I saw Pope John Paul II at a Papal Audience at the Vatican and felt I was in the presence of holiness. I stood in mourning at his open casket in St. Peter's after he died and again felt holiness. And I will be at St. Peter's for his canonization one day God willing. He ordained my cousin as a priest in St. Peter's, was a friend and mentor to him, said private Mass for our family on several occasions, and was so good to my cousin and us. His loss was personal. Pope Benedict XVI was Pope John Paul II's hand picked successor. He chose him before he died. That's all the credential I need. I look forward to watching his visit this week. I think it is awesome he's coming and that President Bush is taking such a personal interest in him. I hope CNN gives this visit adequate coverage. I already had to watch the special about his visit on Fox. I guess Pope loving types aren't in the demographic. We should be. If you can waste time on She Who Shall Not Be Named, you can show the Pope. I hope this trip is all it should be.

    April 14, 2008 at 7:21 pm |
  4. Peter Parker - Miami, FL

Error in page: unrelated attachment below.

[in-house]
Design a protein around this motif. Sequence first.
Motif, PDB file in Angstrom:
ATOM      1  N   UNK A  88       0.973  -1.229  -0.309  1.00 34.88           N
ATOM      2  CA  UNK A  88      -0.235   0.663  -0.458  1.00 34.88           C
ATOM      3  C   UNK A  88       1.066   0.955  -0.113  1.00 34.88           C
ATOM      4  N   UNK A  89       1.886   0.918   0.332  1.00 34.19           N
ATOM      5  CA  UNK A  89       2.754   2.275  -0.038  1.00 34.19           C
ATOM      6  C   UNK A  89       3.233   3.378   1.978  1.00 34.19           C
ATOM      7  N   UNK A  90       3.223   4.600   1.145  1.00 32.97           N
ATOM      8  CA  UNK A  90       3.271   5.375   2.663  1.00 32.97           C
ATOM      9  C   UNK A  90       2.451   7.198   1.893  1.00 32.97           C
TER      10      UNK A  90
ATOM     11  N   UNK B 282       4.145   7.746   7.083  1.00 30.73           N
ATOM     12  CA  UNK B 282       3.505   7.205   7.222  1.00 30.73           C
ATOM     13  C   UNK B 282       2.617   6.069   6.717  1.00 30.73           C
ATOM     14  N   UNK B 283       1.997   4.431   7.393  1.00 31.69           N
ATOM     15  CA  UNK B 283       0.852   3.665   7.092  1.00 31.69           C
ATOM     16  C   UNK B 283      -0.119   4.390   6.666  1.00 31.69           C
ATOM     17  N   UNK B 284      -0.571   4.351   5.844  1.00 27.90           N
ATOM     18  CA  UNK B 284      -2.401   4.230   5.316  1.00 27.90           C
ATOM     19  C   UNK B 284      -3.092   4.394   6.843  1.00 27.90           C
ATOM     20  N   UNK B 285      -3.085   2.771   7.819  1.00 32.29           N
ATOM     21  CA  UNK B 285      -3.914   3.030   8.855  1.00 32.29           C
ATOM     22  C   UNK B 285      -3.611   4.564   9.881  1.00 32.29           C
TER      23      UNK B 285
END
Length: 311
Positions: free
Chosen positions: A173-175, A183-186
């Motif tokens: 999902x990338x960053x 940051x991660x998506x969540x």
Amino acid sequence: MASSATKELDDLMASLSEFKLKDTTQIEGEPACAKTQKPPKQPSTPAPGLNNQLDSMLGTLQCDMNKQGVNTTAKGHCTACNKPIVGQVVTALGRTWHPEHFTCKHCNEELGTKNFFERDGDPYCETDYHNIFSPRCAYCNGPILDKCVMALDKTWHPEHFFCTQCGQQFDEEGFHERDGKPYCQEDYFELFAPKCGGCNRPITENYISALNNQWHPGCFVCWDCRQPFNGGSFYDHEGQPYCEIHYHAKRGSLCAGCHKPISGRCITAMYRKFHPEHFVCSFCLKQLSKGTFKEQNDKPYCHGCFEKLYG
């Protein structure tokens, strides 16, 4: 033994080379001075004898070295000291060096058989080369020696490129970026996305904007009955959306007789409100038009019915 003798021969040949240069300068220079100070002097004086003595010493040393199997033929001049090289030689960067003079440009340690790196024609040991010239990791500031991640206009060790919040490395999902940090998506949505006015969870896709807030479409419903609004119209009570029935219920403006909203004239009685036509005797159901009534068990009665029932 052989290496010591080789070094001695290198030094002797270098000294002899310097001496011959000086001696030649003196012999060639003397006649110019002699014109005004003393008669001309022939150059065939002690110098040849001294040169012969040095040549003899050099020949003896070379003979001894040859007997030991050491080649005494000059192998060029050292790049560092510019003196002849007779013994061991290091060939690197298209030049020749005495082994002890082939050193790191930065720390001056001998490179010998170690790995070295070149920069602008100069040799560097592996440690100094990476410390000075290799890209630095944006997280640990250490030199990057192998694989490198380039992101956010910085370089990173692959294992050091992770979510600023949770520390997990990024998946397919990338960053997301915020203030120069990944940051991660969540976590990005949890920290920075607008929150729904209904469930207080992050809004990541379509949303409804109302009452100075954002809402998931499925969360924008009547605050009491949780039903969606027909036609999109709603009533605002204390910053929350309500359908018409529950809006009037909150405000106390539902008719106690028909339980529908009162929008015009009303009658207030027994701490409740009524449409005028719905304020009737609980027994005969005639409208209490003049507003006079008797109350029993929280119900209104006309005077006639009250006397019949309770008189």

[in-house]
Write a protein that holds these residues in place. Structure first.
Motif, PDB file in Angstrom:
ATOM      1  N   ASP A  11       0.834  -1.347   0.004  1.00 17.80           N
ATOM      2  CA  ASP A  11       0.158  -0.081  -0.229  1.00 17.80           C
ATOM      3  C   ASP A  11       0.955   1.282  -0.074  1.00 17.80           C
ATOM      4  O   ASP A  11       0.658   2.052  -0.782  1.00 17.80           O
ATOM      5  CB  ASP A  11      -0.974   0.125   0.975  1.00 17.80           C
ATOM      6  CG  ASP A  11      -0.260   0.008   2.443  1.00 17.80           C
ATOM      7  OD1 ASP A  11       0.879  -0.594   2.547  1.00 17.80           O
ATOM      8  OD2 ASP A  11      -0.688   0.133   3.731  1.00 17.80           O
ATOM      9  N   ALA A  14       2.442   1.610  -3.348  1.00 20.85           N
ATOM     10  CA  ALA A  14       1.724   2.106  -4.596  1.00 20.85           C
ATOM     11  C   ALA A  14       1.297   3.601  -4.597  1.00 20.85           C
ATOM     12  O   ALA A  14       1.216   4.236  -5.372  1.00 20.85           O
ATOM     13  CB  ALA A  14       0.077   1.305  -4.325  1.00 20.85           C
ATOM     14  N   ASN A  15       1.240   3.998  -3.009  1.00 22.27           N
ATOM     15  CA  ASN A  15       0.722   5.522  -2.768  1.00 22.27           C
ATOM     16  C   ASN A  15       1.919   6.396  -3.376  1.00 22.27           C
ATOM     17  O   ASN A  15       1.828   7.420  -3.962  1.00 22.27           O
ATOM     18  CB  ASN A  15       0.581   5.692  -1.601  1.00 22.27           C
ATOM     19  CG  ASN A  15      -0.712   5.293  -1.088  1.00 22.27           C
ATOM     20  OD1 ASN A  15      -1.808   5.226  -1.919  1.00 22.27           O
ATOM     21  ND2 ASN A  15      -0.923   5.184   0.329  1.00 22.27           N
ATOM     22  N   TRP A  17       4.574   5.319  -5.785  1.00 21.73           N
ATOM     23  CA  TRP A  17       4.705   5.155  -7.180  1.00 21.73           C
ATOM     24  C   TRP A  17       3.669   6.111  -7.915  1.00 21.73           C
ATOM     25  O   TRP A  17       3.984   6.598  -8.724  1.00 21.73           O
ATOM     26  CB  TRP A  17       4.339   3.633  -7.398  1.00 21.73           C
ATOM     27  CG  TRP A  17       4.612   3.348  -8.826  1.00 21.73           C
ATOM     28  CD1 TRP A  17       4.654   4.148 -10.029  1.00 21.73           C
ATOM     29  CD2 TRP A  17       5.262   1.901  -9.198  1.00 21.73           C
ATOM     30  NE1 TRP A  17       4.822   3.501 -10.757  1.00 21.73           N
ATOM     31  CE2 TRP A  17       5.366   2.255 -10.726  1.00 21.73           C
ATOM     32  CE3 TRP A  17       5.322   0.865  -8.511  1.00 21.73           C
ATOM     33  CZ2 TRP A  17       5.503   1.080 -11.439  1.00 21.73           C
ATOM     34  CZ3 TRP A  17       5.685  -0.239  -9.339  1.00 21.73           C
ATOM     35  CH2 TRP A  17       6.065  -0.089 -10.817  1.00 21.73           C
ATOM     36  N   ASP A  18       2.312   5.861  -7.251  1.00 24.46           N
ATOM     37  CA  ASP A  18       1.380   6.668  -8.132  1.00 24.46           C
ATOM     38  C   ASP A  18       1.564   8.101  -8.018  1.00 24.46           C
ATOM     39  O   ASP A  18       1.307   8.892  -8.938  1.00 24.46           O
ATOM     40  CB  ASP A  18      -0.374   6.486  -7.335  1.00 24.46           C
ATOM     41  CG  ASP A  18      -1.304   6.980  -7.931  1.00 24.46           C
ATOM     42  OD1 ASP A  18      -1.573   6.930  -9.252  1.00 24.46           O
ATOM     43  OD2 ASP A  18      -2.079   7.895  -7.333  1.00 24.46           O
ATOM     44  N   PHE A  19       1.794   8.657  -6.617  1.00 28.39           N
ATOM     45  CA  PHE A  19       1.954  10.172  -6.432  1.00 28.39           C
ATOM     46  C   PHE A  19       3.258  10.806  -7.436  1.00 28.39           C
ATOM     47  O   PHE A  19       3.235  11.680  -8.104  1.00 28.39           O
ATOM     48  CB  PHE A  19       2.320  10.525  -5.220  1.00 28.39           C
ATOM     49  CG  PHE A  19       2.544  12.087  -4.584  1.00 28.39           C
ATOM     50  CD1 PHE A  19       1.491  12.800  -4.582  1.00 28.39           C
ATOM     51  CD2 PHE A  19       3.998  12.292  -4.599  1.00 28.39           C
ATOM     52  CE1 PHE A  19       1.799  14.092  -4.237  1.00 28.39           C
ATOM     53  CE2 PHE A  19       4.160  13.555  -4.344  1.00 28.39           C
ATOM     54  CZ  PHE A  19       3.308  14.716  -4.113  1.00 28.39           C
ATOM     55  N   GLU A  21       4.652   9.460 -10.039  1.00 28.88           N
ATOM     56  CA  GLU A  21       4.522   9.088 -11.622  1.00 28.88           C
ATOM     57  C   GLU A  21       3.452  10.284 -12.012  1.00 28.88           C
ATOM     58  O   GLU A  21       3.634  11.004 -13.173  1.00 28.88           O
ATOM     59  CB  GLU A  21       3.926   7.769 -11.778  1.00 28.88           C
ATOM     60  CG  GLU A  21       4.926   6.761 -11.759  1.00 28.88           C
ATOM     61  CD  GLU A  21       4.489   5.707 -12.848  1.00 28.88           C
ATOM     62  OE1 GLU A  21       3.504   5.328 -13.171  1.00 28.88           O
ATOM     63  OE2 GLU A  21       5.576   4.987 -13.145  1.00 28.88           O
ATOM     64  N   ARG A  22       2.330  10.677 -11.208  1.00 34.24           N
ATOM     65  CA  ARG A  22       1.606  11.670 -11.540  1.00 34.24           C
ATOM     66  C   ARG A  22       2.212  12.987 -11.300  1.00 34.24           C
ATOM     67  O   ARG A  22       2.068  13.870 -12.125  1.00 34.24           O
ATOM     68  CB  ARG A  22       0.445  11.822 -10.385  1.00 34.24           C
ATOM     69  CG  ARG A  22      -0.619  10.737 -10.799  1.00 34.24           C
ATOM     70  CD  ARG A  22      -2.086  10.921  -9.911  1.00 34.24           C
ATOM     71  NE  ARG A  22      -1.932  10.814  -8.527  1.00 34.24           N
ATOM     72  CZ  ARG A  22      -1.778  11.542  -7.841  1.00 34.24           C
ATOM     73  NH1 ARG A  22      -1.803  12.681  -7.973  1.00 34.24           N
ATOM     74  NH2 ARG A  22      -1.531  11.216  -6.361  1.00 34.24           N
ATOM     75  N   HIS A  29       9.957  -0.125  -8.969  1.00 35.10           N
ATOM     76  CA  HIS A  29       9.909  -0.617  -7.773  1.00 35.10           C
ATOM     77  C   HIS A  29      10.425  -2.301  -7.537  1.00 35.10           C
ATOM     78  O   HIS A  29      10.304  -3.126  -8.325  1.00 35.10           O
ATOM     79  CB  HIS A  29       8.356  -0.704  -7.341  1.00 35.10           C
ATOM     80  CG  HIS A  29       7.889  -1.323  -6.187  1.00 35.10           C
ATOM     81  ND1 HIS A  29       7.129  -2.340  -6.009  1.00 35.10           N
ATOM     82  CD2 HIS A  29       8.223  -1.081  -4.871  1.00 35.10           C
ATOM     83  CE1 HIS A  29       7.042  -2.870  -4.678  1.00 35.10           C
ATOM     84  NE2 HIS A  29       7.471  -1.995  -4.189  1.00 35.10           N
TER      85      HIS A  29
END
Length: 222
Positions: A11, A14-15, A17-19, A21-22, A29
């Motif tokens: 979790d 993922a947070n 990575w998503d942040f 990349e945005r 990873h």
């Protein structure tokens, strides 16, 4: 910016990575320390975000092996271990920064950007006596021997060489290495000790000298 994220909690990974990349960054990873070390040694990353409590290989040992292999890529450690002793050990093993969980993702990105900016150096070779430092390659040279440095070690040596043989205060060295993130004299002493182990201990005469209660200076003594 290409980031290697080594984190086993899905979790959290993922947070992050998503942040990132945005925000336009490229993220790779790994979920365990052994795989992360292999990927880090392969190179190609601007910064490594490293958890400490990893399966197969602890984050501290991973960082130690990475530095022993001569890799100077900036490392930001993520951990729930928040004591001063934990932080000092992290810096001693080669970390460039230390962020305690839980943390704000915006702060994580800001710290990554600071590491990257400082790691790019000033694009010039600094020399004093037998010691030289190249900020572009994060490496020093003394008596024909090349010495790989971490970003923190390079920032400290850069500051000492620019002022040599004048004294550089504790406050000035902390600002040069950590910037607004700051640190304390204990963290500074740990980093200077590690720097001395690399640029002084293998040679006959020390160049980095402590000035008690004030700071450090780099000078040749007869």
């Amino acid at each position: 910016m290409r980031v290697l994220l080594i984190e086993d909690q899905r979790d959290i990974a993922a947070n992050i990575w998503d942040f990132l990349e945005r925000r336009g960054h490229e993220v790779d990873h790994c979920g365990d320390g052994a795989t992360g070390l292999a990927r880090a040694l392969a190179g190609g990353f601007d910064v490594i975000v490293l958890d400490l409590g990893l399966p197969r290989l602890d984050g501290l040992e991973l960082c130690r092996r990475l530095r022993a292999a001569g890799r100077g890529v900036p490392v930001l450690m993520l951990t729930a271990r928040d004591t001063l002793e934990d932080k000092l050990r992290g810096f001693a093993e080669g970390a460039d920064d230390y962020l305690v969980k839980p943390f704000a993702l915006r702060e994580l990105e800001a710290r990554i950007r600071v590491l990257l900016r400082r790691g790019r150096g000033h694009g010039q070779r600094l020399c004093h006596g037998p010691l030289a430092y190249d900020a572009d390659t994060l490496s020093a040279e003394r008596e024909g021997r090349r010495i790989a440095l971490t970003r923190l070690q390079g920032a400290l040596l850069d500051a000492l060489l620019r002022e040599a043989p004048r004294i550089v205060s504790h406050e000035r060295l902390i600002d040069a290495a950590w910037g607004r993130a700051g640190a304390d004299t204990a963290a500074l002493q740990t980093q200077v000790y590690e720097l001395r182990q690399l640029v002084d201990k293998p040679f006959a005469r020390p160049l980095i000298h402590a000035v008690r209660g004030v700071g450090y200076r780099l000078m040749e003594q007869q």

I admire Pope Benedict XVI, he is a very solid theologist (probably the best in the world). To compare him with John Paul II is unfair. Is like comparing the high school baseball team to the Yankees.

    April 14, 2008 at 5:28 pm |
  5. Ruby Coria, LA., CA.

    John, I'm not surprise that the pope dosen't get that much coverage, but I will be watching to see him wave. In any other country this would be huge!, here Obama and his beloved Rev.Wright get more play.

    April 14, 2008 at 3:48 pm |
  6. Joseph Kowalski, North Huntingdon, PA

    Someone should ask the Pope why he and his predecessors have allowed child molestation to go on within their churches for so many years, oftentimes actively trying to hide the abuse and moving the offending priests to other parishes to continue their crimes.